Light voter turnout expected next week
Published 12:00 am Tuesday, June 20, 2000
June 19, 2000 10 PM
Although few are expected to notice, voters will again head to the polls next week.
June 27 is the day for the primary runoff elections and turnout is predicted to be at a minimum.
As a matter of fact, Secretary of State Jim Bennett has predicted less than 10 percent and "probably closer to 5 percent" of Alabama’s 2.3 million voters will cast ballots in the runoffs.
Bennett said a record low in turnout would not surprise him. At this time, the record low turnout was set in March when only 7 percent of the state’s voters went to the polls in the special eletion on the franchise tax constitutional amendment.
Pike County’s numbers are not expected to be all that high, either.
Only 25 percent of the 17,775 registered voters in Pike County voted in the Democratic and Republican Primaries on June 6. But, that figure was five percent better than the state average for that election.
Voter apathy has become the norm, rather than the exception.
"People aren’t convinced it matters," said Dr. James Joyner, assistant professor of criminal justice and social science at Troy State University.
He also relates voter apathy to "so many elections."
Regarding the most recent election, Joyner said the low turnout can be attributed to no race people viewed as "important," such as a presidential or gubernatorial race.
As a political scientist, he was discouraged by the race for Supreme Court Justice because he knew of Roy Moore only because of the Ten Commandments issue, knew little of Harold See, had only brief knowledge of Pam Baschab and knew nothing of Wayne Thorn.
And, if someone who studies elections doesn’t know these candidates, "your average voter" doesn’t either, Joyner said.
Bennett has said turnout for the runoffs will be driven by lacal races because the Democratic Party has no statewide offices and the Republican Party only has two.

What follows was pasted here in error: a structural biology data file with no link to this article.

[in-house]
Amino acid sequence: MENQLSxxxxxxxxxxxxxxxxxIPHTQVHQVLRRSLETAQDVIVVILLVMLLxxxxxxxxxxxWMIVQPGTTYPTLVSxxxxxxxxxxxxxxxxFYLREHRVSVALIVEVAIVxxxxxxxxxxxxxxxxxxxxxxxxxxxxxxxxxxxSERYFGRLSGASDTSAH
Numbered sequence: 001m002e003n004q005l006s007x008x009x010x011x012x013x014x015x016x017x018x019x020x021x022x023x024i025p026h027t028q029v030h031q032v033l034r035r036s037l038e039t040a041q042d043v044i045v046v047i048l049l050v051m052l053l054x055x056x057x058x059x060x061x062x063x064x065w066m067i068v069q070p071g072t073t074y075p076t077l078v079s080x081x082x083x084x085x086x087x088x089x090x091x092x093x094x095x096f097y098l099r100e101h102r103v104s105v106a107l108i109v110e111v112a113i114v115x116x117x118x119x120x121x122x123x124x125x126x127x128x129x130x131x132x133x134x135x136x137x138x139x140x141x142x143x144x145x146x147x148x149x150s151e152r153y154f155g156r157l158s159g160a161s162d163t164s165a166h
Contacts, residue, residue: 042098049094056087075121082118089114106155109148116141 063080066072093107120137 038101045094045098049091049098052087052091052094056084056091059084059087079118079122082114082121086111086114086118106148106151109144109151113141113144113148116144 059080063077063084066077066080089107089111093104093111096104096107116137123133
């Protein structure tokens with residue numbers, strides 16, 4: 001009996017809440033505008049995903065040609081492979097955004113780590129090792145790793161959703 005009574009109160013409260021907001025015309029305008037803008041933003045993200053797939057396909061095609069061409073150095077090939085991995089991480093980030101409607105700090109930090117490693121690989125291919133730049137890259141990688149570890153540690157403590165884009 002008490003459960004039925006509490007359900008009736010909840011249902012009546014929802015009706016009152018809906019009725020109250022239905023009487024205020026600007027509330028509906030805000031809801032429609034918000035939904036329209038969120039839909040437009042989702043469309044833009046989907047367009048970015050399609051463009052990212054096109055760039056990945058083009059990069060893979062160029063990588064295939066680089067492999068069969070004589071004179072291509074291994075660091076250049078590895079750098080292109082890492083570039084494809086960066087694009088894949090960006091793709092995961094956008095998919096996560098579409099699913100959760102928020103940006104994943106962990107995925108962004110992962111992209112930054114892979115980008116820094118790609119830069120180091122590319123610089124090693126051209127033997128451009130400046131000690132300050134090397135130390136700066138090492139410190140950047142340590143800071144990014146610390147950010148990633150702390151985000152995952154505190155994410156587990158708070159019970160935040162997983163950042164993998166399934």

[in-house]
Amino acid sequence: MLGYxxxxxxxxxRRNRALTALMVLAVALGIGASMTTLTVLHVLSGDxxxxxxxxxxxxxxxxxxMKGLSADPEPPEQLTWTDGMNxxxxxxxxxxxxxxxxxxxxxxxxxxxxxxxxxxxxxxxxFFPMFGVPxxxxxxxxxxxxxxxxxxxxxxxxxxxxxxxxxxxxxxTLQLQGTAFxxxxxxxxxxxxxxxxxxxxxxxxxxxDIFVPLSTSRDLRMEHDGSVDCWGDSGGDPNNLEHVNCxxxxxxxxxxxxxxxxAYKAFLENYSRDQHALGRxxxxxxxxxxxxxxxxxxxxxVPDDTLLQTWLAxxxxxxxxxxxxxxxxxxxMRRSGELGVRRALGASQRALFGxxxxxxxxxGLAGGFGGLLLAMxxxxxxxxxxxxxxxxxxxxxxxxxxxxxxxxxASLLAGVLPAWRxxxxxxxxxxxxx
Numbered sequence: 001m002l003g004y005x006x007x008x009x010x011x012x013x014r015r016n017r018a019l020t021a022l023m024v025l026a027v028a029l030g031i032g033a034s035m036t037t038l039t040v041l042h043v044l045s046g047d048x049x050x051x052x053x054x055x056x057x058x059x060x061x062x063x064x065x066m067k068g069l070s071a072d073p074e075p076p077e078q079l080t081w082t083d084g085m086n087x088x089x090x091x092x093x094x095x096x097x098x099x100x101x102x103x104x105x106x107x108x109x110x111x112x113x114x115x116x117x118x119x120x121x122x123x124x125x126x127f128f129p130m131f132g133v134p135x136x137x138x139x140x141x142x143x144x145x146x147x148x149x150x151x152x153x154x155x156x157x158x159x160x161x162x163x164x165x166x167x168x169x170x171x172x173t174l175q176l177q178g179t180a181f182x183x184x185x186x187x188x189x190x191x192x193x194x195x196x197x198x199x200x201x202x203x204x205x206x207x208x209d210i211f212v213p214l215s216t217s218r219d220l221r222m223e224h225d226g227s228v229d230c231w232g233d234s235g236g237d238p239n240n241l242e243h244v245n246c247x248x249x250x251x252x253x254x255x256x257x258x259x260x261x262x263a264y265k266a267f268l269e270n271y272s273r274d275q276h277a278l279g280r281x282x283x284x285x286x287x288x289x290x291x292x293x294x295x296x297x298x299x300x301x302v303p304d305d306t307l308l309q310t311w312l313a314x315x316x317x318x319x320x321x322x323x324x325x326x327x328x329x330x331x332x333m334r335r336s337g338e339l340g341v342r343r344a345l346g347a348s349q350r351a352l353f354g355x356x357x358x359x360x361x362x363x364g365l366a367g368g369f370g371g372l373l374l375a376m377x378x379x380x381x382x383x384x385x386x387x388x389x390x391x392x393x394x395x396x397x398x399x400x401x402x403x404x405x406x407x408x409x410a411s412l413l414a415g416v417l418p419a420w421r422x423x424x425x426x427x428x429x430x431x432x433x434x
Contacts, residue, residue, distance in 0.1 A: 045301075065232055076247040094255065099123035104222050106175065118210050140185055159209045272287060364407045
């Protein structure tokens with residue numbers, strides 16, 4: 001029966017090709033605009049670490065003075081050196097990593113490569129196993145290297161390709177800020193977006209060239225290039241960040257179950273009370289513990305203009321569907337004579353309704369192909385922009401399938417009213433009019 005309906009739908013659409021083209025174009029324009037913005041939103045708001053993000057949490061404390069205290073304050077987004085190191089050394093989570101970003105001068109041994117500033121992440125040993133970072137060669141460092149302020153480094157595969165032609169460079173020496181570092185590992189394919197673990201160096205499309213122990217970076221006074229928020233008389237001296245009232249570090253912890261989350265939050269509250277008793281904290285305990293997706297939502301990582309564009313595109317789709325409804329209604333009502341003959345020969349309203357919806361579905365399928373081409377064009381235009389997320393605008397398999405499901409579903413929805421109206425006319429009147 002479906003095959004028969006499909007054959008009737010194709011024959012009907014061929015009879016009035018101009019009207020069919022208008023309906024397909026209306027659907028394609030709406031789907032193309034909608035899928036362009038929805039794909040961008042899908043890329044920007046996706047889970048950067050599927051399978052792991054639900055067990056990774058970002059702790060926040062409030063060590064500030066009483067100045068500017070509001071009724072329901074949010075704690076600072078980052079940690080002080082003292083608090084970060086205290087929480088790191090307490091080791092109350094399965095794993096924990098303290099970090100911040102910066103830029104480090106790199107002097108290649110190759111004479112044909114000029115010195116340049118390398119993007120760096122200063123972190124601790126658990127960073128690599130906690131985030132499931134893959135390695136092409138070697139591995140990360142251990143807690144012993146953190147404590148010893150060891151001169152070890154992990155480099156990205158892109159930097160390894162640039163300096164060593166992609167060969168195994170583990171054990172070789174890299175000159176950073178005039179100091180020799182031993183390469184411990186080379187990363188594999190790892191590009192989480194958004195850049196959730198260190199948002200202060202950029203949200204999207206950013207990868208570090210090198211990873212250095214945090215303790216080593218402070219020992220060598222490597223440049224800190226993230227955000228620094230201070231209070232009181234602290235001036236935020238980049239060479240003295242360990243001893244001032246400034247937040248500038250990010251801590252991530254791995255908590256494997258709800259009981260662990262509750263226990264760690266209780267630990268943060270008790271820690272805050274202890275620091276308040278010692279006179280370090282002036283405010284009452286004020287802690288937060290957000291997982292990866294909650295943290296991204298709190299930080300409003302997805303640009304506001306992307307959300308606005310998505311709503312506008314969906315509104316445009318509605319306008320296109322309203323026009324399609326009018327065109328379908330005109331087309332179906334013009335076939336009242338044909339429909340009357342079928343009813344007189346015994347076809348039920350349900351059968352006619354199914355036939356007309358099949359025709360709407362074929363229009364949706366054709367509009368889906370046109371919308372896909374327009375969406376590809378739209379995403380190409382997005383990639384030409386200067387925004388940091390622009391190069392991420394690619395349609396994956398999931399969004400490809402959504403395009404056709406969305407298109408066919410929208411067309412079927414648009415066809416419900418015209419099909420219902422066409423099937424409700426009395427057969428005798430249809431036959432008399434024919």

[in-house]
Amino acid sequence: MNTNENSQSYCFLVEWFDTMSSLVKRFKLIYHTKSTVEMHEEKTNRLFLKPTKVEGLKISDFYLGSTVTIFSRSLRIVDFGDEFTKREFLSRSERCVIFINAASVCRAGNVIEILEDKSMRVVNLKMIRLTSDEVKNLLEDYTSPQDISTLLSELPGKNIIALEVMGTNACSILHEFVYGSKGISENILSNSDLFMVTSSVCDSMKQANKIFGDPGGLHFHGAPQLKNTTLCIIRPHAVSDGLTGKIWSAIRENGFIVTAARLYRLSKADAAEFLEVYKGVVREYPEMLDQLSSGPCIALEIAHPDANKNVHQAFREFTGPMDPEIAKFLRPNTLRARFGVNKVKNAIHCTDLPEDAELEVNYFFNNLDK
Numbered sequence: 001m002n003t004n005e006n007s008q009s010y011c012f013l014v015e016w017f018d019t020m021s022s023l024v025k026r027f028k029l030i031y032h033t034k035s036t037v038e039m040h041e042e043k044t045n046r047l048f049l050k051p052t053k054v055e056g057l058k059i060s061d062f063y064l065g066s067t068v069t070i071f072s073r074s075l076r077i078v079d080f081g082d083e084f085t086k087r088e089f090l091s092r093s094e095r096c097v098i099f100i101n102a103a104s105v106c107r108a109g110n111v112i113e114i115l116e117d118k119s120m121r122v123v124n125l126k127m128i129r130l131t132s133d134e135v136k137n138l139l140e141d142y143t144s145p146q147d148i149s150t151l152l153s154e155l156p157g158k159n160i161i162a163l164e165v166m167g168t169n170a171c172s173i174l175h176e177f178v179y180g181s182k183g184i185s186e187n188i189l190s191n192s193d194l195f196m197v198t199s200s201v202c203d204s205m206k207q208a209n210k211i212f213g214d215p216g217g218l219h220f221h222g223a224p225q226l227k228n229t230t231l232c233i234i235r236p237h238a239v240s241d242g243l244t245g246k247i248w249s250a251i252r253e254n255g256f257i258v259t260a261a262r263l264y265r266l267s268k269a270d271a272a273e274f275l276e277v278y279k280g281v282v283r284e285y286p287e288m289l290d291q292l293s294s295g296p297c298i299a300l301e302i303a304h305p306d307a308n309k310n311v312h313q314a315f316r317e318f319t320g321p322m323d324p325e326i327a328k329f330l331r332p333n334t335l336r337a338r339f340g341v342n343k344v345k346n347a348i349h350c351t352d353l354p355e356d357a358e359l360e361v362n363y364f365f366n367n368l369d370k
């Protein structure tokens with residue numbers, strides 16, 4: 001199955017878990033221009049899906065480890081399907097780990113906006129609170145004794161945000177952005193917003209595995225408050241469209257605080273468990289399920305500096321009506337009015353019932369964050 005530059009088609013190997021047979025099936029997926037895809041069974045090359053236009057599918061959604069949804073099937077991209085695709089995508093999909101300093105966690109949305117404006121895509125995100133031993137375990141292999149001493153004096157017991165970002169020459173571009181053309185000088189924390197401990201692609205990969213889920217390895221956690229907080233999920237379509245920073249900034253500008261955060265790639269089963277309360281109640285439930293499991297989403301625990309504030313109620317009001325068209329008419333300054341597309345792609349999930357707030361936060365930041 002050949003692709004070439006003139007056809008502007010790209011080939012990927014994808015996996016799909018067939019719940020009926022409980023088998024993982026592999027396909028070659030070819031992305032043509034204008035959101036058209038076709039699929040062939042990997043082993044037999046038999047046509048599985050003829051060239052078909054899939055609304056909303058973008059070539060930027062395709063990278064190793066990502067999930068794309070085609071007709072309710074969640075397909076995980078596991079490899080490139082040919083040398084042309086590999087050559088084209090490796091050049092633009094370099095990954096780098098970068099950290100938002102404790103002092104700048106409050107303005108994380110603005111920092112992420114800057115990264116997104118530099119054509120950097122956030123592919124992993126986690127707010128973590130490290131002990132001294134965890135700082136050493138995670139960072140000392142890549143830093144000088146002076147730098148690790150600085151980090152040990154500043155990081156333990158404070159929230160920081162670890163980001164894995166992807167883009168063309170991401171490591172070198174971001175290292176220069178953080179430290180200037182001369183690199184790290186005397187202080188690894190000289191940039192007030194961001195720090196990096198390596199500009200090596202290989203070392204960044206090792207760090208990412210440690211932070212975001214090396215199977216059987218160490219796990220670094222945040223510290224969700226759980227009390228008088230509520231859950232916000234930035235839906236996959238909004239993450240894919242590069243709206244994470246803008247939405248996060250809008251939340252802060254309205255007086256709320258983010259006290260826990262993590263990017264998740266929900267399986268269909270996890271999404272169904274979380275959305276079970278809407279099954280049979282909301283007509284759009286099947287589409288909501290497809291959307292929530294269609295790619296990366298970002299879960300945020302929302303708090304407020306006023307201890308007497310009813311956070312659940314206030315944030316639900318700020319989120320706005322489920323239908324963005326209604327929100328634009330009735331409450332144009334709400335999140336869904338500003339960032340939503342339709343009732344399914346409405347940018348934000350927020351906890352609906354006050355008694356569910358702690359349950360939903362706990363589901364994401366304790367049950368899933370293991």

Statewide, there will be two Republican runoffs and a Democratic runoff. Locally, three Democratic runoffs will determine who will be on the Nov. 7 General Election ballot.
The GOP runoff for the Court of Civil Appeals puts Ralph Long against Craig Pittman. Long, 47, is a Hoover policeman and attorney and the son of state Criminal Appeals Court Judge Frank Long. Pittman, 43, is a Mobile attorney who represented the state docks during Gov. Fob James’ administration.
Greg Shaw, a 43-year-old staff attorney at the Alabama Supreme Court, will face 36-year-old Tony Riley, a Muscle Shoals attorney, in the Republican runoff for the Court of Criminal Appeals. Both are making their first bid for public office in this race.
The District 5 State Board of Education race is also in a runoff on the Democratic ticket. Ella Beatrice Bell, 52, is a state mental health agency employee from Montgomery. She will face Latosha Brown, 30, the director of the 21st Century Youth Leadership Movement in Selma.
On the local level, all the runoffs are on the Democratic ticket.
Voters in Pike County Commission District 4 will vote to decide between incumbent Ray Goodson and Terry Sneed. Goodson received 49.70 percent of the votes to make it a runoff with Sneed, who garnered 33.01 percent on June 6.
Incumbent Charlie Harris is running for re-election to the Pike County Commission District 5 seat and will face Jeff Baker in the runoff. Harris received 49.94 percent of the votes on June 6 with Baker coming in second with 27.35 percent of the votes.
The Pike County Board of Education District 5 race results forced a runoff between incumbent Willo D. Baker, who received 40.56 percent of the vote and herbert Reynolds, who received 30.99 percent.
As a reminder, Pike County Probate Judge Bill Stone said not all Pike County voters will have a local race on which to vote.
Runoffs are held when no candidate in a primary race gets 50 percent of the vote plus one. The top two candidates advance to a runoff, where the winner must have a majority.
Only 11 states conduct primary runoffs: Alabama, Arkansas, Florida, Georgia, Louisiana, Mississippi, Morth Carolina, Oklahoma, South Carolina, South Dakota and Texas.